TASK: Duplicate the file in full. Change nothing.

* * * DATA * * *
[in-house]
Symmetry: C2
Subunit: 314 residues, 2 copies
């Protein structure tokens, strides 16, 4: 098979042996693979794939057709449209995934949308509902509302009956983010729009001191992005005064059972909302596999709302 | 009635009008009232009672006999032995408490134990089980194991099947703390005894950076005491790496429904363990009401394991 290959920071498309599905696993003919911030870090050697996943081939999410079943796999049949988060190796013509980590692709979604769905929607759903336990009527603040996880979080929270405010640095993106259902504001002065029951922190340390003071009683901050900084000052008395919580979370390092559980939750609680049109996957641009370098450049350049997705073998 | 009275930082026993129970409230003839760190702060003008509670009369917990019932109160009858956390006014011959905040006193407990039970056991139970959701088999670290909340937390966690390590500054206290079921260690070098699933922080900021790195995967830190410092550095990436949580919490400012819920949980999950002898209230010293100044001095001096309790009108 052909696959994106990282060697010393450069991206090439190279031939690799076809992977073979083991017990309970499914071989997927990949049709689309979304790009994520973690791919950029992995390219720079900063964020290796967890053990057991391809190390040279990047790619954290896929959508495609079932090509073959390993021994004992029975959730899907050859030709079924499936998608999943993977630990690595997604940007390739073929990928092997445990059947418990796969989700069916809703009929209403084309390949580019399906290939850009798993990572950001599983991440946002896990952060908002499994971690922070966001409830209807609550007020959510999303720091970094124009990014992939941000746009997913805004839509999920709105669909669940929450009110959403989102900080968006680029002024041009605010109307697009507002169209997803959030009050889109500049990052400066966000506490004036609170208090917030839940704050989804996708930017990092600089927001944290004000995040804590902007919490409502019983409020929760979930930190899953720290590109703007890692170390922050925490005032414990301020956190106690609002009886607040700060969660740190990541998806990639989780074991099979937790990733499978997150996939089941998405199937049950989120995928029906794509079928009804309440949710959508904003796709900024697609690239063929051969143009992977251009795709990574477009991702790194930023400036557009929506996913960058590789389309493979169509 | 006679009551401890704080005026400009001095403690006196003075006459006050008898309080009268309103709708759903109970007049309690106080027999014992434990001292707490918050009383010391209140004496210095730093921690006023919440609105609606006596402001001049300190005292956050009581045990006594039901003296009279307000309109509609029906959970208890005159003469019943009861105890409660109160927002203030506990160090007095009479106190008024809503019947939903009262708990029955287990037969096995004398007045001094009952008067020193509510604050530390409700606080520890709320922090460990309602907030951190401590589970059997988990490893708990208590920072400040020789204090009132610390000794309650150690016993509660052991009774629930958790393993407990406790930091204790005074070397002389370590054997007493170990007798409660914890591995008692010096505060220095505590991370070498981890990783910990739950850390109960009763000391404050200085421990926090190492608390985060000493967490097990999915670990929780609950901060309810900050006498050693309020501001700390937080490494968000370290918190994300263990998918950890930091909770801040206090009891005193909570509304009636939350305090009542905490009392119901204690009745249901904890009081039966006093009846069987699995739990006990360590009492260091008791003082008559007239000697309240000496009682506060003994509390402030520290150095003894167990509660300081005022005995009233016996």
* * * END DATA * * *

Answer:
[in-house]
Symmetry: C2
Subunit: 314 residues, 2 copies
């Protein structure tokens, strides 16, 4: 098979042996693979794939057709449209995934949308509902509302009956983010729009001191992005005064059972909302596999709302 | 009635009008009232009672006999032995408490134990089980194991099947703390005894950076005491790496429904363990009401394991 290959920071498309599905696993003919911030870090050697996943081939999410079943796999049949988060190796013509980590692709979604769905929607759903336990009527603040996880979080929270405010640095993106259902504001002065029951922190340390003071009683901050900084000052008395919580979370390092559980939750609680049109996957641009370098450049350049997705073998 | 009275930082026993129970409230003839760190702060003008509670009369917990019932109160009858956390006014011959905040006193407990039970056991139970959701088999670290909340937390966690390590500054206290079921260690070098699933922080900021790195995967830190410092550095990436949580919490400012819920949980999950002898209230010293100044001095001096309790009108 052909696959994106990282060697010393450069991206090439190279031939690799076809992977073979083991017990309970499914071989997927990949049709689309979304790009994520973690791919950029992995390219720079900063964020290796967890053990057991391809190390040279990047790619954290896929959508495609079932090509073959390993021994004992029975959730899907050859030709079924499936998608999943993977630990690595997604940007390739073929990928092997445990059947418990796969989700069916809703009929209403084309390949580019399906290939850009798993990572950001599983991440946002896990952060908002499994971690922070966001409830209807609550007020959510999303720091970094124009990014992939941000746009997913805004839509999920709105669909669940929450009110959403989102900080968006680029002024041009605010109307697009507002169209997803959030009050889109500049990052400066966000506490004036609170208090917030839940704050989804996708930017990092600089927001944290004000995040804590902007919490409502019983409020929760979930930190899953720290590109703007890692170390922050925490005032414990301020956190106690609002009886607040700060969660740190990541998806990639989780074991099979937790990733499978997150996939089941998405199937049950989120995928029906794509079928009804309440949710959508904003796709900024697609690239063929051969143009992977251009795709990574477009991702790194930023400036557009929506996913960058590789389309493979169509 | 006679009551401890704080005026400009001095403690006196003075006459006050008898309080009268309103709708759903109970007049309690106080027999014992434990001292707490918050009383010391209140004496210095730093921690006023919440609105609606006596402001001049300190005292956050009581045990006594039901003296009279307000309109509609029906959970208890005159003469019943009861105890409660109160927002203030506990160090007095009479106190008024809503019947939903009262708990029955287990037969096995004398007045001094009952008067020193509510604050530390409700606080520890709320922090460990309602907030951190401590589970059997988990490893708990208590920072400040020789204090009132610390000794309650150690016993509660052991009774629930958790393993407990406790930091204790005074070397002389370590054997007493170990007798409660914890591995008692010096505060220095505590991370070498981890990783910990739950850390109960009763000391404050200085421990926090190492608390985060000493967490097990999915670990929780609950901060309810900050006498050693309020501001700390937080490494968000370290918190994300263990998918950890930091909770801040206090009891005193909570509304009636939350305090009542905490009392119901204690009745249901904890009081039966006093009846069987699995739990006990360590009492260091008791003082008559007239000697309240000496009682506060003994509390402030520290150095003894167990509660300081005022005995009233016996």